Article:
King also evokes his college days and his recovery from the van crash that nearly killed him, but the focus is always on what it all means to the craft. He gives you a whole writer's "tool kit": a reading list, writing assignments, a corrected story, and nuts-and-bolts advice on dollars and cents, plot and character, the basic building block of the paragraph, and literary models. He shows what you can learn from H.P. Lovecraft's arcane vocabulary, Hemingway's leanness, Grisham's authenticity, Richard Dooling's artful obscenity, Jonathan Kellerman's sentence fragments. He explains why Hart's War is a great story marred by a tin ear for dialogue, and how Elmore Leonard's Be Cool could be the antidote.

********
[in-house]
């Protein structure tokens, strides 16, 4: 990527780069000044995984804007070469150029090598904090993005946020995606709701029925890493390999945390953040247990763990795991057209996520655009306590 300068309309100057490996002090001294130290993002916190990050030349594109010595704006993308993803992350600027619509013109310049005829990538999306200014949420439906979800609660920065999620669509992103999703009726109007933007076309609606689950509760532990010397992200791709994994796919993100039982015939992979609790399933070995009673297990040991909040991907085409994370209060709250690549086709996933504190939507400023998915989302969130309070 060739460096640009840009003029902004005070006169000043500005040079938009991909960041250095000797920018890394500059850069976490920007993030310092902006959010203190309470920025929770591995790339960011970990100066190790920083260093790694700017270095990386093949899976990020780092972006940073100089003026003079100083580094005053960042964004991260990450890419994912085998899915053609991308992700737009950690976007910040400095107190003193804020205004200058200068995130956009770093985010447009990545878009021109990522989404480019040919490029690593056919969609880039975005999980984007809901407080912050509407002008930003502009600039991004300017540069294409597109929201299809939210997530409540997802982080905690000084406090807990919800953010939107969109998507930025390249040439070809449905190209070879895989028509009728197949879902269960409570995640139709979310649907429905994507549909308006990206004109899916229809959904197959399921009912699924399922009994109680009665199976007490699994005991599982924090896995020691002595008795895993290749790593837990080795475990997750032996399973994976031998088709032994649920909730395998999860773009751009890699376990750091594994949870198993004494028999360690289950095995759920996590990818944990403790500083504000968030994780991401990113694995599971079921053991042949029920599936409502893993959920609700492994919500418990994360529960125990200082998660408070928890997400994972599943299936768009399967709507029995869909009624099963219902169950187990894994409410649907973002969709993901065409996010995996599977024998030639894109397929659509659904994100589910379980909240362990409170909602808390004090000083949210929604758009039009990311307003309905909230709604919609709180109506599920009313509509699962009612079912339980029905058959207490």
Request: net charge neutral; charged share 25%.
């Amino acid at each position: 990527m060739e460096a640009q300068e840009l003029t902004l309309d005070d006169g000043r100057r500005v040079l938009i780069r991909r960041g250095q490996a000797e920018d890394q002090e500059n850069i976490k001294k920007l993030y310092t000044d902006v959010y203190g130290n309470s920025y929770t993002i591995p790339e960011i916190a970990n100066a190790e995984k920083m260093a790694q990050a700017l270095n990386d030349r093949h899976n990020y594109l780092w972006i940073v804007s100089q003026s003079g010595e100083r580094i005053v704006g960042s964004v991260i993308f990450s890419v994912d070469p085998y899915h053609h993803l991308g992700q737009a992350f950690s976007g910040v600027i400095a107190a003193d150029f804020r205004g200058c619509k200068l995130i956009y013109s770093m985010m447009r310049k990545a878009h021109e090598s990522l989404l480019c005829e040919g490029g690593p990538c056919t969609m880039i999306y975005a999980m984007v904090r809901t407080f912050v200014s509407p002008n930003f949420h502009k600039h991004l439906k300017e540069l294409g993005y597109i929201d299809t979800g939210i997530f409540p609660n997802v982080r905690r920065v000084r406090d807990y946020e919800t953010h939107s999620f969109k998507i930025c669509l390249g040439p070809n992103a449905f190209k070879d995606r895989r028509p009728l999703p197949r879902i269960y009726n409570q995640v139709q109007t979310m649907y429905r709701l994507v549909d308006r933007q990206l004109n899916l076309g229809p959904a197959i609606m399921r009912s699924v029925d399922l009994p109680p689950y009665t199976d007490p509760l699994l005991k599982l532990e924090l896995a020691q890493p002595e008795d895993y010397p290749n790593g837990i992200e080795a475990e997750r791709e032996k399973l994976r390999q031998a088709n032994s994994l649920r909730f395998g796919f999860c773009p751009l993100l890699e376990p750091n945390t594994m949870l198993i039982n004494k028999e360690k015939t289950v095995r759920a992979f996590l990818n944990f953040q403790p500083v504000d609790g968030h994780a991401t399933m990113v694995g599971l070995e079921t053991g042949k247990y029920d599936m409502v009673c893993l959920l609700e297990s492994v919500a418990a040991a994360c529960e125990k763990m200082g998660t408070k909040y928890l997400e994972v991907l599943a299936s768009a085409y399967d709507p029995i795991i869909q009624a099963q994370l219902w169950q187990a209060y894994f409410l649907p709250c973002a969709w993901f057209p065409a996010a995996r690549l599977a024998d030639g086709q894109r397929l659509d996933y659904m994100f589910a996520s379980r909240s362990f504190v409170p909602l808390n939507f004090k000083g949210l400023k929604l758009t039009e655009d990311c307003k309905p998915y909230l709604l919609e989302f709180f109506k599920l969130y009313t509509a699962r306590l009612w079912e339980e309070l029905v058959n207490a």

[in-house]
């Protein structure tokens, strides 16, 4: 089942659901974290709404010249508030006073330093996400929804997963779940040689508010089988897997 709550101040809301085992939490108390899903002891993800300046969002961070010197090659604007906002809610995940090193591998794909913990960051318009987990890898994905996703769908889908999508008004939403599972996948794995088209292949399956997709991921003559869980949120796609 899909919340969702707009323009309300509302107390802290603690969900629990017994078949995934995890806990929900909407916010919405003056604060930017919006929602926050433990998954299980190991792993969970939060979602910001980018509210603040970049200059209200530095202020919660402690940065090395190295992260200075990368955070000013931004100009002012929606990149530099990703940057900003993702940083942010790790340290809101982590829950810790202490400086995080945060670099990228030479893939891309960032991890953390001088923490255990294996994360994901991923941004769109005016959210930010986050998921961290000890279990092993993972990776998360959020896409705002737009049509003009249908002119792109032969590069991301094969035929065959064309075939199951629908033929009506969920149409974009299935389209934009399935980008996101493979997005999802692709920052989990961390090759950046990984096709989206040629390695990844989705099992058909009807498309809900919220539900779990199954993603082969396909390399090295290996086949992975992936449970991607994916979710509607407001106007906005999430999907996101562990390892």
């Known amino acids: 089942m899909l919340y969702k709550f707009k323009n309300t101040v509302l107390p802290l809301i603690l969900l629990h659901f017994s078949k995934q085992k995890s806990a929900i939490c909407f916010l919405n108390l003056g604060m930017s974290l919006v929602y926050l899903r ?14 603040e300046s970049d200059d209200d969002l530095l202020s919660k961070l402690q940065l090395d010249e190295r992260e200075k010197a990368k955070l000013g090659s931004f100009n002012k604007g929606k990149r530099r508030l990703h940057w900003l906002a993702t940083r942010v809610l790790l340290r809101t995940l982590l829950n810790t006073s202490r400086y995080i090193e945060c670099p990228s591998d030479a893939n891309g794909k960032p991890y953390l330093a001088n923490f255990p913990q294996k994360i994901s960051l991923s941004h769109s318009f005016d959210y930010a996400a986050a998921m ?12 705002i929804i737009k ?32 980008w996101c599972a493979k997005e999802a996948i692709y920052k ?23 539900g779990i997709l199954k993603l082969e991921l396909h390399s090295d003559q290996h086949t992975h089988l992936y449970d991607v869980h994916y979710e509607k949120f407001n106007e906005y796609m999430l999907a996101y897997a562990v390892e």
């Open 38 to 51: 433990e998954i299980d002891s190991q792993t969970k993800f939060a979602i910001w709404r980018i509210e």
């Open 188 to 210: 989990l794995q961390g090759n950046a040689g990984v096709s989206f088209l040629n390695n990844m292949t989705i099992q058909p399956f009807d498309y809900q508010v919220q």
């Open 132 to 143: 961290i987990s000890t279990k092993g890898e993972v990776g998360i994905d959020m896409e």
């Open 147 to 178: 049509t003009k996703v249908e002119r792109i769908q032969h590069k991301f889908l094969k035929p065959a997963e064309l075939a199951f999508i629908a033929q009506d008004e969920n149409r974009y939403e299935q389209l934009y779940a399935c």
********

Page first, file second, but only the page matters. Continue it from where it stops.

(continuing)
King isn't just a writer, he's a true teacher. --Tim Appelo

(retrieved from Amazon Thu, 12 Mar 2015 18:25:46 -0400)

(see all 7 descriptions)

Stephen King writes about his life as a writer and how his ability to write saved him after a horrifying accident that almost took his life.

(summary from another edition)

» see all 7 descriptions